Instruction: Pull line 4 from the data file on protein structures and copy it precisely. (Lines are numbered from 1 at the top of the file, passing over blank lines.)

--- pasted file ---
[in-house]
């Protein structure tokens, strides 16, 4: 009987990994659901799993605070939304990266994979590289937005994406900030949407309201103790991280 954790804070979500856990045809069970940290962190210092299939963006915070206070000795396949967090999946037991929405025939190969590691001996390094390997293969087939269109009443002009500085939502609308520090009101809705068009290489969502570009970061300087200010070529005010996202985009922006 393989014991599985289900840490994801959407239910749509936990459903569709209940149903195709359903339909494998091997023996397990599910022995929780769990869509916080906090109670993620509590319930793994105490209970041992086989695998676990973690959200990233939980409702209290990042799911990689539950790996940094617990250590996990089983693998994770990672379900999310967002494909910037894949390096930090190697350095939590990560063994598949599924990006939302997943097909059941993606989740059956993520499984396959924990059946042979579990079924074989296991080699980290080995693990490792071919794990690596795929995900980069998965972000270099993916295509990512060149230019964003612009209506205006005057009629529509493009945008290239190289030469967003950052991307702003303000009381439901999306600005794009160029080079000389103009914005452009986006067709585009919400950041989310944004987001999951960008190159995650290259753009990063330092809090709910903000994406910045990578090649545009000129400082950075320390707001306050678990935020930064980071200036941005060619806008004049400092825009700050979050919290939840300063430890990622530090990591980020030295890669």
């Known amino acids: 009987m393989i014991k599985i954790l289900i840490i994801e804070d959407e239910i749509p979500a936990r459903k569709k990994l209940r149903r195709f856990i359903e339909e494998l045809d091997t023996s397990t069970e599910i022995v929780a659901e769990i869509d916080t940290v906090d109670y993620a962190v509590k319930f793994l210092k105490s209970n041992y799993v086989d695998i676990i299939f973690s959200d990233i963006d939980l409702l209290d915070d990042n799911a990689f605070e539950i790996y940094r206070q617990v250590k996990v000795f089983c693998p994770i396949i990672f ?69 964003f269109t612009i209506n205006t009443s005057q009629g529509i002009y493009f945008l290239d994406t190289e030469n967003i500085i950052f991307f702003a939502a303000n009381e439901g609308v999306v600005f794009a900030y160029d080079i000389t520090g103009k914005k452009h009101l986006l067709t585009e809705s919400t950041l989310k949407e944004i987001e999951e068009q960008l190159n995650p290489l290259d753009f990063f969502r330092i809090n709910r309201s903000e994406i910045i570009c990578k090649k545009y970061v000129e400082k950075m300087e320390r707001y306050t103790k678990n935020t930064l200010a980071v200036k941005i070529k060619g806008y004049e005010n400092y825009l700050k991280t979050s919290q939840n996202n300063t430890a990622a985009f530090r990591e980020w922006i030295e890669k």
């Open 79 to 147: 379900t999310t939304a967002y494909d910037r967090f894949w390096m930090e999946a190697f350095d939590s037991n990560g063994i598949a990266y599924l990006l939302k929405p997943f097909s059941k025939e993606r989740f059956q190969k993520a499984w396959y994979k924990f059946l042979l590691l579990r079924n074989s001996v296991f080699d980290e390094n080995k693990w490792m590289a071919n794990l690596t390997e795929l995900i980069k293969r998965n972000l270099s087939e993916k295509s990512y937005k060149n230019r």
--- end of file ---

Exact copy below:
């Open 79 to 147: 379900t999310t939304a967002y494909d910037r967090f894949w390096m930090e999946a190697f350095d939590s037991n990560g063994i598949a990266y599924l990006l939302k929405p997943f097909s059941k025939e993606r989740f059956q190969k993520a499984w396959y994979k924990f059946l042979l590691l579990r079924n074989s001996v296991f080699d980290e390094n080995k693990w490792m590289a071919n794990l690596t390997e795929l995900i980069k293969r998965n972000l270099s087939e993916k295509s990512y937005k060149n230019r």